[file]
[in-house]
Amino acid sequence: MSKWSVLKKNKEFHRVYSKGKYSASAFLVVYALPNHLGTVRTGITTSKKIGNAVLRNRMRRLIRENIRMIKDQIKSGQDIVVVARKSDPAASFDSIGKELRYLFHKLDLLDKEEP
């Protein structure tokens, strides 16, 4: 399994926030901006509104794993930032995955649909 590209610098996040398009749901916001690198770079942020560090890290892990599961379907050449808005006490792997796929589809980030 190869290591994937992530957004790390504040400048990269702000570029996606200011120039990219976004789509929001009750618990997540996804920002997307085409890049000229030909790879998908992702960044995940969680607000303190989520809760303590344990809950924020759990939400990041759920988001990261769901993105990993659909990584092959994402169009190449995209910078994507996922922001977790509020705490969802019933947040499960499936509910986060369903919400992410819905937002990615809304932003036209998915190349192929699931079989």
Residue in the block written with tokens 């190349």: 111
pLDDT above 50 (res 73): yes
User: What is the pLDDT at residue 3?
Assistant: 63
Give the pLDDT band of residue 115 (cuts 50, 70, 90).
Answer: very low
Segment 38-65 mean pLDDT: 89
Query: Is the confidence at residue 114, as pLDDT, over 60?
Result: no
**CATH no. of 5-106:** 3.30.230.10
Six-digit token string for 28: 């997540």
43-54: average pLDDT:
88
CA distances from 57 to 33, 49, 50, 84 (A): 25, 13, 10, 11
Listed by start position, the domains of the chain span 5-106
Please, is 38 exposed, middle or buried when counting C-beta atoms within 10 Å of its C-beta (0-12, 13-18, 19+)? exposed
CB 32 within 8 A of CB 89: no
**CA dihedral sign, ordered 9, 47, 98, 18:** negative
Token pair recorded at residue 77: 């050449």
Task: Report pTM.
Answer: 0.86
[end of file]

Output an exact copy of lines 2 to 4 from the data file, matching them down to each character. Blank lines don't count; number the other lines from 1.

Amino acid sequence: MSKWSVLKKNKEFHRVYSKGKYSASAFLVVYALPNHLGTVRTGITTSKKIGNAVLRNRMRRLIRENIRMIKDQIKSGQDIVVVARKSDPAASFDSIGKELRYLFHKLDLLDKEEP
């Protein structure tokens, strides 16, 4: 399994926030901006509104794993930032995955649909 590209610098996040398009749901916001690198770079942020560090890290892990599961379907050449808005006490792997796929589809980030 190869290591994937992530957004790390504040400048990269702000570029996606200011120039990219976004789509929001009750618990997540996804920002997307085409890049000229030909790879998908992702960044995940969680607000303190989520809760303590344990809950924020759990939400990041759920988001990261769901993105990993659909990584092959994402169009190449995209910078994507996922922001977790509020705490969802019933947040499960499936509910986060369903919400992410819905937002990615809304932003036209998915190349192929699931079989």
Residue in the block written with tokens 């190349």: 111